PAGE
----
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i want to split my views project into sereveral modules. i wanna have a main project that willl have ref to all modules and this main project will generate the view from the modules.

my question is how can i bind all the styles from the application to the other modules?

will it automatically recognize them?

and how will the view model templates will be located? cause now they r in a resource dictionary that i merge in the app.xaml

where shpuld i put them (i want them to be in their module project), how can i load thos resources?

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2 Answers 2

up vote 1 down vote accepted

What you want is easily achieved if you use Prism: http://www.codeplex.com/CompositeWPF

There's plenty of samples to get you started there.

The only question you ask that isn't answered by Prism is the ResourceDictionaries, but there are several ways to get around that, but I think this is the best way: http://stackoverflow.com/questions/1172171/composite-wpf-prism-module-resource-data-templates

The first answer should get you there. You'll lose a little design time support in your modules, but everything should come together correctly at runtime this way.

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+1 for the link - an interesting method. –  Scott Whitlock Aug 3 '09 at 14:01

good question. As Anderson Imes said, you can use Composite WPF, but there is another simpler option that's recently available if you make use of the Managed Extensibility Framework (MEF). There is another question I asked about how to do exactly what you're talking about using MEF. Basically it uses the extensibility features of MEF to make the application resources extensible, and then your modules "extend" the application resources with their DataTemplates (Views). Then you just add your ViewModel to the GUI wherever you want, and WPF takes care of applying your View to it. I've been building an application on this model and it's working really well.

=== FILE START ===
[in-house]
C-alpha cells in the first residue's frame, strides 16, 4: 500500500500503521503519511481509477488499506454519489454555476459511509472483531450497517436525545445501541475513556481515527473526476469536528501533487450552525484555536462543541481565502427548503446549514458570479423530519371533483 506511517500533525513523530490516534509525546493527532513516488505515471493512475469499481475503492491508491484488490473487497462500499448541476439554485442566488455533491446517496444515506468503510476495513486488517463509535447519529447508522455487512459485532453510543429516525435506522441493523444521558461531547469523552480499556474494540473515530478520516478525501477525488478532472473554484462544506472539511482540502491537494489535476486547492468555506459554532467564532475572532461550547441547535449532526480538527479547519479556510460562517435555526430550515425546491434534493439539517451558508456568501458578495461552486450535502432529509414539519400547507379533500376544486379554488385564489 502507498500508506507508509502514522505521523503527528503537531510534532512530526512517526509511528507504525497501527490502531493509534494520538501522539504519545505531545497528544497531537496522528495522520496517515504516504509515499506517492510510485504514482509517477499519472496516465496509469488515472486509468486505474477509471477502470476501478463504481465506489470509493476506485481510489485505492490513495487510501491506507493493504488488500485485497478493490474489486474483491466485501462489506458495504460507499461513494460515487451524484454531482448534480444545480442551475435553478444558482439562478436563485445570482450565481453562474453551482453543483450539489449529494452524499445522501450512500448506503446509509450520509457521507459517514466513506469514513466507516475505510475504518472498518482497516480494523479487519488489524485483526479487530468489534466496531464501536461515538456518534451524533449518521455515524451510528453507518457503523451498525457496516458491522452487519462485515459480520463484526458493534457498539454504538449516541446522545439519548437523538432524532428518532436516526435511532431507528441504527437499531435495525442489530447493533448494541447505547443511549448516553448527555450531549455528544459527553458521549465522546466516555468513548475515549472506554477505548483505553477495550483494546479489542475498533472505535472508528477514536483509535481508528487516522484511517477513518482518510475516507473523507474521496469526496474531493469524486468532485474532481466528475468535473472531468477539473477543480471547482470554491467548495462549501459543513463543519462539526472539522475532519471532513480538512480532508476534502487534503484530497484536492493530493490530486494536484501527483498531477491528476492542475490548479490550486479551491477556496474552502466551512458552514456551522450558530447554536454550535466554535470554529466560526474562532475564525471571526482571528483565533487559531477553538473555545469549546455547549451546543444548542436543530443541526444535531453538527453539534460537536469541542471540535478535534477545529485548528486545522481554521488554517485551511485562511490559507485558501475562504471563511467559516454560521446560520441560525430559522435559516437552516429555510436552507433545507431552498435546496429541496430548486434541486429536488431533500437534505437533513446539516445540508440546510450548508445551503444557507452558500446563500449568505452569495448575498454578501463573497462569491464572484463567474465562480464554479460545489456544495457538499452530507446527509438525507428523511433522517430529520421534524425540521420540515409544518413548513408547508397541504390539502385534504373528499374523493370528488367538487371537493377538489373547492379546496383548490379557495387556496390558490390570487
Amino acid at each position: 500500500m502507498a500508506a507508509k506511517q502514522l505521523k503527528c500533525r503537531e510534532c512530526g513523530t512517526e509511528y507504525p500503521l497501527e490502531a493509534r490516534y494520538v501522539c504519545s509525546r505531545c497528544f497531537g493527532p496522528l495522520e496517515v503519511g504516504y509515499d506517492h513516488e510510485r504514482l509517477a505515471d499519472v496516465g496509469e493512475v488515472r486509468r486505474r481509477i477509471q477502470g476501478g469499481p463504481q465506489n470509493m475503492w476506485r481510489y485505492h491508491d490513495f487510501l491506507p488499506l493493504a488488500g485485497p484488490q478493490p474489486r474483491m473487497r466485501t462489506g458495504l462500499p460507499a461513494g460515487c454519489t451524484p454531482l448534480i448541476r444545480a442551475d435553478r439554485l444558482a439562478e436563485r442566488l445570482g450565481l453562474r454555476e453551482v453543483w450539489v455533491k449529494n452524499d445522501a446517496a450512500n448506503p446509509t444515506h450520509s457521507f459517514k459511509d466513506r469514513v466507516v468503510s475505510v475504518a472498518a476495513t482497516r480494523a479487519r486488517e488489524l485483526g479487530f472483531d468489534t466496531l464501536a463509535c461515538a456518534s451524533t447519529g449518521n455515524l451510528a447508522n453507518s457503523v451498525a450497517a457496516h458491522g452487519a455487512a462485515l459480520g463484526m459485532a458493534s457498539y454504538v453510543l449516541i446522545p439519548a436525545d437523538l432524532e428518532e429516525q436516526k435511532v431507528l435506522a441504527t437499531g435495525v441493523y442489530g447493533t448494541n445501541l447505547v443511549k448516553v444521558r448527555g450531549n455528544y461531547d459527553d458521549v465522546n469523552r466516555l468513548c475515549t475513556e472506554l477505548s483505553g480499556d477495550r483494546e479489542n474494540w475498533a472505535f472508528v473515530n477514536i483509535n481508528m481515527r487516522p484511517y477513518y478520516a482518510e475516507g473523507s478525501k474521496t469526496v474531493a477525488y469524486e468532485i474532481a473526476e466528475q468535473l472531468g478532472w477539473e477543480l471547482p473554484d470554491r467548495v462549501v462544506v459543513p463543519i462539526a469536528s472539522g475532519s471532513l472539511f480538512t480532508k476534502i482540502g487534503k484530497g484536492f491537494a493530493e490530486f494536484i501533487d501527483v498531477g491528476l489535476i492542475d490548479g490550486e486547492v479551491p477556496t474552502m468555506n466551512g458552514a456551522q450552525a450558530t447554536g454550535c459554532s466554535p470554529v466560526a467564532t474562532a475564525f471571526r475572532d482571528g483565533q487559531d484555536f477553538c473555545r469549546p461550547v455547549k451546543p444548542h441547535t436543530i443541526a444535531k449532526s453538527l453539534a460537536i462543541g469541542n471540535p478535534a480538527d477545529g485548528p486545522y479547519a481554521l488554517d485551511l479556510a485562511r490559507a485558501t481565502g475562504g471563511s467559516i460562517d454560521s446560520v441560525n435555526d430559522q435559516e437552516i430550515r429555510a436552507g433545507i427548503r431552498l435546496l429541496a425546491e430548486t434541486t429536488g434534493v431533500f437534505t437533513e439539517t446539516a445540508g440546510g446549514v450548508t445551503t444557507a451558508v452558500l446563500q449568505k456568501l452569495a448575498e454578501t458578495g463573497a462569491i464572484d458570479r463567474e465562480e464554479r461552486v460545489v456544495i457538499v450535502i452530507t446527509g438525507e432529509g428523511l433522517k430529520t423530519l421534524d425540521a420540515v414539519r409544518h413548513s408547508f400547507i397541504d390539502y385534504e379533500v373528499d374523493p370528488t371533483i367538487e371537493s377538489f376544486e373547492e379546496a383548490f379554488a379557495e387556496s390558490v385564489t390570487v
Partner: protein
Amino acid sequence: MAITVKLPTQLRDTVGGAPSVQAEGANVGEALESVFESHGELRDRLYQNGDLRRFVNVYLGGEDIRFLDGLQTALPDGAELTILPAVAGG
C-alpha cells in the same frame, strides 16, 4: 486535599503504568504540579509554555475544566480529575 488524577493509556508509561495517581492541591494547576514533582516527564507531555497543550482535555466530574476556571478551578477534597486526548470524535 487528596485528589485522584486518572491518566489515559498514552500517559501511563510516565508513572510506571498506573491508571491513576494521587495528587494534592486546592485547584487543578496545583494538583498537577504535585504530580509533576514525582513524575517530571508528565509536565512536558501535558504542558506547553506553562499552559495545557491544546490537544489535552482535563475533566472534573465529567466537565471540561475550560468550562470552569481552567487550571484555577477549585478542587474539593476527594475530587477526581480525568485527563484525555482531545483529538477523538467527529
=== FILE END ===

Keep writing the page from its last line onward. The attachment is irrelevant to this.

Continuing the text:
The benefit of using this method is that your app.xaml file doesn't have to "know" about all your View modules, and you're free to slice and dice your application any way you like (I prefer to segment it by feature, then by layer).

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I disagree that the App.xaml "knows" about the Module's views... we're just allowing the module to insert its own resources into the App.xaml. Does MEF get around this limitation somehow (allow modules/plugins to style their controls without explicitly referencing the resource dictionary in your view's resources)? –  Anderson Imes Aug 2 '09 at 23:37
@Anderson Imes - Yes. If you have an App.xaml with a merged dictionary of other resource dictionaries, then you have to call out the other dictionaries by name (at compile time). However, if you follow the method in the linked question, then the modules and plugins can insert their resource dictionaries at runtime. –  Scott Whitlock Aug 3 '09 at 12:30
it's still only going to merge them all at runtime when MEF loads its plugins. The thing you gain here is a declarative vs. imperative model for inserting resource dictionaries into the app. There's nothing compile time about this approach. That said, its actually pretty nice. –  Anderson Imes Aug 3 '09 at 13:52
@Anderson Imes - I believe you're comparing Prism with the MEF approach I'm referencing. Sorry about that... I was confused. I must admit I'm not terribly knowledgeable about Prism. When I was talking about the "benefit" of this method, I was only comparing it to the method posed in the question ("now they r in a resource dictionary that I merge in with app.xaml"). –  Scott Whitlock Aug 3 '09 at 13:58
Yeah, that's definitely nice. I have to go through a little bit more trouble to get this effect in Prism. –  Anderson Imes Aug 3 '09 at 14:25

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